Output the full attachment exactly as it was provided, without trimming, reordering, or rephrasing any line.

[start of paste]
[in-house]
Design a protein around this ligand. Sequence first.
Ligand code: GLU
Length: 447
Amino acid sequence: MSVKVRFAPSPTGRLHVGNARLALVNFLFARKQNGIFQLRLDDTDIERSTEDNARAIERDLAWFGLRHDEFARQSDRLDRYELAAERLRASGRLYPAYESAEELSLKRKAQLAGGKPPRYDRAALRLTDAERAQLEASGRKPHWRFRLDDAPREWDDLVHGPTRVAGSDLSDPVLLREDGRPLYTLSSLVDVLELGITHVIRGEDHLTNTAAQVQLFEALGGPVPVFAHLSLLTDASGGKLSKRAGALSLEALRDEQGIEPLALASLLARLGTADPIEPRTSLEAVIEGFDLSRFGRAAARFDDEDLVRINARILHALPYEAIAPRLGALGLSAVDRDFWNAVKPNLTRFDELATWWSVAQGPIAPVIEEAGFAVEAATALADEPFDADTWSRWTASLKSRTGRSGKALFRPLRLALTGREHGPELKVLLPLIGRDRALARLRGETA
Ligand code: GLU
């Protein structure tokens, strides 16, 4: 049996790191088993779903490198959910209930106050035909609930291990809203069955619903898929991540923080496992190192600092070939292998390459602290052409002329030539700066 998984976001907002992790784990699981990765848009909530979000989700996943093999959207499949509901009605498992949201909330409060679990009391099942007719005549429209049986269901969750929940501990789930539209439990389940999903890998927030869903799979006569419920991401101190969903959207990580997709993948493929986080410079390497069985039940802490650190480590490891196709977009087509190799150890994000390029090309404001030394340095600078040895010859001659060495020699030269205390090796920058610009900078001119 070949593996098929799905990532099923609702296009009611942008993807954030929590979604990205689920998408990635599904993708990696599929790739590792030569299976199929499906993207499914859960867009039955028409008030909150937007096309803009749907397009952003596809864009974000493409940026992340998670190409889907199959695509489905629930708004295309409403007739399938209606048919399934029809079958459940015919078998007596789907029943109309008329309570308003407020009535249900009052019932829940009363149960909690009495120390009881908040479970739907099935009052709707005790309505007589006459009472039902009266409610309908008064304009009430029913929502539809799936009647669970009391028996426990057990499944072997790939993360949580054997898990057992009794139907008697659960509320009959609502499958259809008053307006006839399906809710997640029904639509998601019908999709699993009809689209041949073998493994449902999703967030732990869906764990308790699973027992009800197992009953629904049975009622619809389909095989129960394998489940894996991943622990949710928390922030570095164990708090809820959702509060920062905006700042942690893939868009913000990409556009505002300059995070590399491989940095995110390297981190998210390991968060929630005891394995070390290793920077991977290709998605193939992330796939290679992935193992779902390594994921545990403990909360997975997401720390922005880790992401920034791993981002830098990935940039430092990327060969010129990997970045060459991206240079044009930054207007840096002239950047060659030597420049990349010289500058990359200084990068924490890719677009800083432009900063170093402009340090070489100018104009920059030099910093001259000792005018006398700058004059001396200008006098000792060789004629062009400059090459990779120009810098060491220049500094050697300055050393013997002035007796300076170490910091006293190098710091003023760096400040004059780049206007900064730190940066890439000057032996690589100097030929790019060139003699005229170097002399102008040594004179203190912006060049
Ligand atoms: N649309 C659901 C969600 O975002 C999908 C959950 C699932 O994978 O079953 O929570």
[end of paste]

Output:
[in-house]
Design a protein around this ligand. Sequence first.
Ligand code: GLU
Length: 447
Amino acid sequence: MSVKVRFAPSPTGRLHVGNARLALVNFLFARKQNGIFQLRLDDTDIERSTEDNARAIERDLAWFGLRHDEFARQSDRLDRYELAAERLRASGRLYPAYESAEELSLKRKAQLAGGKPPRYDRAALRLTDAERAQLEASGRKPHWRFRLDDAPREWDDLVHGPTRVAGSDLSDPVLLREDGRPLYTLSSLVDVLELGITHVIRGEDHLTNTAAQVQLFEALGGPVPVFAHLSLLTDASGGKLSKRAGALSLEALRDEQGIEPLALASLLARLGTADPIEPRTSLEAVIEGFDLSRFGRAAARFDDEDLVRINARILHALPYEAIAPRLGALGLSAVDRDFWNAVKPNLTRFDELATWWSVAQGPIAPVIEEAGFAVEAATALADEPFDADTWSRWTASLKSRTGRSGKALFRPLRLALTGREHGPELKVLLPLIGRDRALARLRGETA
Ligand code: GLU
């Protein structure tokens, strides 16, 4: 049996790191088993779903490198959910209930106050035909609930291990809203069955619903898929991540923080496992190192600092070939292998390459602290052409002329030539700066 998984976001907002992790784990699981990765848009909530979000989700996943093999959207499949509901009605498992949201909330409060679990009391099942007719005549429209049986269901969750929940501990789930539209439990389940999903890998927030869903799979006569419920991401101190969903959207990580997709993948493929986080410079390497069985039940802490650190480590490891196709977009087509190799150890994000390029090309404001030394340095600078040895010859001659060495020699030269205390090796920058610009900078001119 070949593996098929799905990532099923609702296009009611942008993807954030929590979604990205689920998408990635599904993708990696599929790739590792030569299976199929499906993207499914859960867009039955028409008030909150937007096309803009749907397009952003596809864009974000493409940026992340998670190409889907199959695509489905629930708004295309409403007739399938209606048919399934029809079958459940015919078998007596789907029943109309008329309570308003407020009535249900009052019932829940009363149960909690009495120390009881908040479970739907099935009052709707005790309505007589006459009472039902009266409610309908008064304009009430029913929502539809799936009647669970009391028996426990057990499944072997790939993360949580054997898990057992009794139907008697659960509320009959609502499958259809008053307006006839399906809710997640029904639509998601019908999709699993009809689209041949073998493994449902999703967030732990869906764990308790699973027992009800197992009953629904049975009622619809389909095989129960394998489940894996991943622990949710928390922030570095164990708090809820959702509060920062905006700042942690893939868009913000990409556009505002300059995070590399491989940095995110390297981190998210390991968060929630005891394995070390290793920077991977290709998605193939992330796939290679992935193992779902390594994921545990403990909360997975997401720390922005880790992401920034791993981002830098990935940039430092990327060969010129990997970045060459991206240079044009930054207007840096002239950047060659030597420049990349010289500058990359200084990068924490890719677009800083432009900063170093402009340090070489100018104009920059030099910093001259000792005018006398700058004059001396200008006098000792060789004629062009400059090459990779120009810098060491220049500094050697300055050393013997002035007796300076170490910091006293190098710091003023760096400040004059780049206007900064730190940066890439000057032996690589100097030929790019060139003699005229170097002399102008040594004179203190912006060049
Ligand atoms: N649309 C659901 C969600 O975002 C999908 C959950 C699932 O994978 O079953 O929570």